A court has issued a landmark order freezing the assets of three karaoke operators sued by music companies for copyright infringement.
It was the first time a mainland court had taken such a tough stance on enforcement of copyright regulations in the mainland's huge KTV industry, Xinhua reported yesterday.
This month, Beijing Tianyu Tongsheng Information Technology and Zhongyin Media (Shenzhen) sued three KTV bars in Hefei, Anhui province. The city's intermediate court on July 20 froze part of the three venues' assets.
The amount of assets frozen ranged from 10,000 yuan (HK$11,400) to 150,000 yuan, Xinhua reported. The two music companies are members of the China Audio-Video Copyright Association, which was set up in 2005 to fight for copyright enforcement.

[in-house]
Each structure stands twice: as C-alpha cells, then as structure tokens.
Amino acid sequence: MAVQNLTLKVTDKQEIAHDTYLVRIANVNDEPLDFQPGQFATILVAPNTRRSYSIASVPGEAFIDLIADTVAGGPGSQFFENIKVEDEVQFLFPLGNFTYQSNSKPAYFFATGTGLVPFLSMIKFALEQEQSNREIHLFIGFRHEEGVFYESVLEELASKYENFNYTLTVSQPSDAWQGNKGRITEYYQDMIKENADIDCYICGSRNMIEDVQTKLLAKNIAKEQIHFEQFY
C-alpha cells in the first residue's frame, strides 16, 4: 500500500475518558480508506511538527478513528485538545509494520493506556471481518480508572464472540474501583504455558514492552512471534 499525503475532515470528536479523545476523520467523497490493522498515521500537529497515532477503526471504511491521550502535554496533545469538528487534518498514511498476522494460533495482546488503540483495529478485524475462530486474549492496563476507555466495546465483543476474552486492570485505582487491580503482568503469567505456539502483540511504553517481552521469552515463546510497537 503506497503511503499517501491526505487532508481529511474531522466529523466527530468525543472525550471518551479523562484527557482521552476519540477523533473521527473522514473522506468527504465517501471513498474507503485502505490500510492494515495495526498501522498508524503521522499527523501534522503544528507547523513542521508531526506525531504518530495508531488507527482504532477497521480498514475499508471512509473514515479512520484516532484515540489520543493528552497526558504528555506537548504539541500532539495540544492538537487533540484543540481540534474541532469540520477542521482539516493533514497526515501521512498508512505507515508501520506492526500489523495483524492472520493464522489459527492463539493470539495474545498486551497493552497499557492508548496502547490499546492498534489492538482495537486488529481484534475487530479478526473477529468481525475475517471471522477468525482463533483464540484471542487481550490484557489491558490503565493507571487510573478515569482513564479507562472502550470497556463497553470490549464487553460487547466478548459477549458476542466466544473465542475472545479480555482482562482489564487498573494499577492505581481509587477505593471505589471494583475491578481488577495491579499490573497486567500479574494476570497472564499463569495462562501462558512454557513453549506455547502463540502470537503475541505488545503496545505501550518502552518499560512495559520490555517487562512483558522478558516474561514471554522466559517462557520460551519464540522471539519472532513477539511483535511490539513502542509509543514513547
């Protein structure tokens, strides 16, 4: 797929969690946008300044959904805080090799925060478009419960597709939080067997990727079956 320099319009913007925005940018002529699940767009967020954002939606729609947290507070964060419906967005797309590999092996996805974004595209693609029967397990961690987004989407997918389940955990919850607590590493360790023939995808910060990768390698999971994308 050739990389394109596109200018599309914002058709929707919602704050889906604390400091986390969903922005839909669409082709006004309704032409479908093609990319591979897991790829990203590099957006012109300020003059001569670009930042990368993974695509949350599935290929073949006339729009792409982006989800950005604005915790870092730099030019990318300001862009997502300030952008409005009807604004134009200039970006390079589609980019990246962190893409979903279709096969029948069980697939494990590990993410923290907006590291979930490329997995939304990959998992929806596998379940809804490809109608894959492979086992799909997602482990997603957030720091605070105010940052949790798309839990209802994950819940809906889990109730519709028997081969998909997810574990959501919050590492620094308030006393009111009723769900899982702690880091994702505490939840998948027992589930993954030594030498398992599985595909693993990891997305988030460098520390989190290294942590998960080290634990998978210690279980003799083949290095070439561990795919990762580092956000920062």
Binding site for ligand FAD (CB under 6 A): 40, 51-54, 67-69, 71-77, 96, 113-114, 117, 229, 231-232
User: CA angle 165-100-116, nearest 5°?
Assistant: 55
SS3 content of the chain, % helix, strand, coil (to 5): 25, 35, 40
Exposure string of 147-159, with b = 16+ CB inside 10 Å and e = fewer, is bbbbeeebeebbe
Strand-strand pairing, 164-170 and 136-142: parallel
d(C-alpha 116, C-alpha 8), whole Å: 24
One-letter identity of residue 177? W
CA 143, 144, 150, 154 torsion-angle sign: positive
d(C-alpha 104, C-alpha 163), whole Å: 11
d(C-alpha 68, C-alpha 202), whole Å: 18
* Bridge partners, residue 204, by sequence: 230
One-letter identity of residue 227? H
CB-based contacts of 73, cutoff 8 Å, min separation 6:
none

There are more than 100,000 KTV bars on the mainland, but association vice-secretary Lu Wenju said the three KTV operators were targeted because they refused to pay fees and appeared to be 'hostile' to the policy.
'It's hard to enforce court rulings to get compensation even after winning the legal battle,' Mr Lu said.
He said music companies always ended up losing money paying for lawsuits because they rarely were able to collect compensation.
Mr Lu said copyright infringement over audio and video products was prevalent.
However, he said the situation was improving after the National Copyright Administration and Ministry of Culture began collecting fees in 2007. KTV operators pay a maximum of 12 yuan per day per room, Mr Lu said.
The government collected nearly 30 million yuan in 2007, and so far this year approximately 90 million has been collected, Mr Lu said.
Li Yahong, an associate professor of law at the University of Hong Kong, said the 'major court gesture' was a step towards ensuring music companies would be compensated over copyright infringement.